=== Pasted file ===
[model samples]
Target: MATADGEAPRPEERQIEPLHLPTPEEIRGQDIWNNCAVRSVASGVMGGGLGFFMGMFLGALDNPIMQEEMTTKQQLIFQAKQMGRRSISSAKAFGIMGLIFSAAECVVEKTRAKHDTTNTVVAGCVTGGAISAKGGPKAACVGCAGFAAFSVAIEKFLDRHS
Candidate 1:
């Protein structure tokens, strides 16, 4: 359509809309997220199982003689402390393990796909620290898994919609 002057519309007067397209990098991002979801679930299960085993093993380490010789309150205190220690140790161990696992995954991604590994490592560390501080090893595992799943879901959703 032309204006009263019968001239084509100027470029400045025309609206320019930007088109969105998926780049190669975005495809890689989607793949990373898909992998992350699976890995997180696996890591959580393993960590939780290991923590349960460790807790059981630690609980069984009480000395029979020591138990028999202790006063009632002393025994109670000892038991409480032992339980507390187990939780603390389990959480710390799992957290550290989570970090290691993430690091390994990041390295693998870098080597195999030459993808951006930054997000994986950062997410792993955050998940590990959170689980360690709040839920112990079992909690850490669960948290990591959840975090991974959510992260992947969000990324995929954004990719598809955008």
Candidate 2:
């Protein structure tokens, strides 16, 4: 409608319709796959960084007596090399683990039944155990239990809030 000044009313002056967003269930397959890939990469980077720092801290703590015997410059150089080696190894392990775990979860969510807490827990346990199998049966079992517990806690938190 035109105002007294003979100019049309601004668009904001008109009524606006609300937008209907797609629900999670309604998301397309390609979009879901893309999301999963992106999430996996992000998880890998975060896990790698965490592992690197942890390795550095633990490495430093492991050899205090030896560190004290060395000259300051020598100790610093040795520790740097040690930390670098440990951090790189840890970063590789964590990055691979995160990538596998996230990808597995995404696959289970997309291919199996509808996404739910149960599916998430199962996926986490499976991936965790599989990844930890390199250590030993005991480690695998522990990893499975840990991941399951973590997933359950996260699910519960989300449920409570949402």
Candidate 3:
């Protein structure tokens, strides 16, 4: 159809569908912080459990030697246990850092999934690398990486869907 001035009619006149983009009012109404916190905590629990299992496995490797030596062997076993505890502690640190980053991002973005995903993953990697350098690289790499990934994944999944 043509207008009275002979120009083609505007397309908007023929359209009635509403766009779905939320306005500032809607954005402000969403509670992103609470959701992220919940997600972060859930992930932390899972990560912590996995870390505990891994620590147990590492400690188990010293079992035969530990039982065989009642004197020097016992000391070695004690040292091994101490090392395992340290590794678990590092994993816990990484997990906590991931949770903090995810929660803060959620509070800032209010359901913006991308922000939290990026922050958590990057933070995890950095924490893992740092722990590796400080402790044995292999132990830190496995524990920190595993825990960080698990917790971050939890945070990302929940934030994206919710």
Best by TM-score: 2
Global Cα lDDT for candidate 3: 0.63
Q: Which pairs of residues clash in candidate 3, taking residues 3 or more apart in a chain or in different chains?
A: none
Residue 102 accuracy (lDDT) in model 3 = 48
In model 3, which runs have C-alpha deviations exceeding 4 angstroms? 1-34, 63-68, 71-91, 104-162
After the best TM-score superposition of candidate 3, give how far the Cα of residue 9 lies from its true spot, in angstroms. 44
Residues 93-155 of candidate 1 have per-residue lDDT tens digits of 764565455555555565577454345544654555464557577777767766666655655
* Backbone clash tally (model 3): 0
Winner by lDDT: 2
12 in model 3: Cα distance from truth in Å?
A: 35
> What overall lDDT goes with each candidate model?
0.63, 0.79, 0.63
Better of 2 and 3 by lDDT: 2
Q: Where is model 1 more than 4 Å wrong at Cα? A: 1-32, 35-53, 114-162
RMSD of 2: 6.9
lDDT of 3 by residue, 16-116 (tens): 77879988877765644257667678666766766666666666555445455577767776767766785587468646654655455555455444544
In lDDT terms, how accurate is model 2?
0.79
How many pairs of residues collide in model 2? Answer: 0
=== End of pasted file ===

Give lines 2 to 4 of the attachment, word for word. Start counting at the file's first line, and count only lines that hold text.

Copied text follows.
Target: MATADGEAPRPEERQIEPLHLPTPEEIRGQDIWNNCAVRSVASGVMGGGLGFFMGMFLGALDNPIMQEEMTTKQQLIFQAKQMGRRSISSAKAFGIMGLIFSAAECVVEKTRAKHDTTNTVVAGCVTGGAISAKGGPKAACVGCAGFAAFSVAIEKFLDRHS
Candidate 1:
């Protein structure tokens, strides 16, 4: 359509809309997220199982003689402390393990796909620290898994919609 002057519309007067397209990098991002979801679930299960085993093993380490010789309150205190220690140790161990696992995954991604590994490592560390501080090893595992799943879901959703 032309204006009263019968001239084509100027470029400045025309609206320019930007088109969105998926780049190669975005495809890689989607793949990373898909992998992350699976890995997180696996890591959580393993960590939780290991923590349960460790807790059981630690609980069984009480000395029979020591138990028999202790006063009632002393025994109670000892038991409480032992339980507390187990939780603390389990959480710390799992957290550290989570970090290691993430690091390994990041390295693998870098080597195999030459993808951006930054997000994986950062997410792993955050998940590990959170689980360690709040839920112990079992909690850490669960948290990591959840975090991974959510992260992947969000990324995929954004990719598809955008």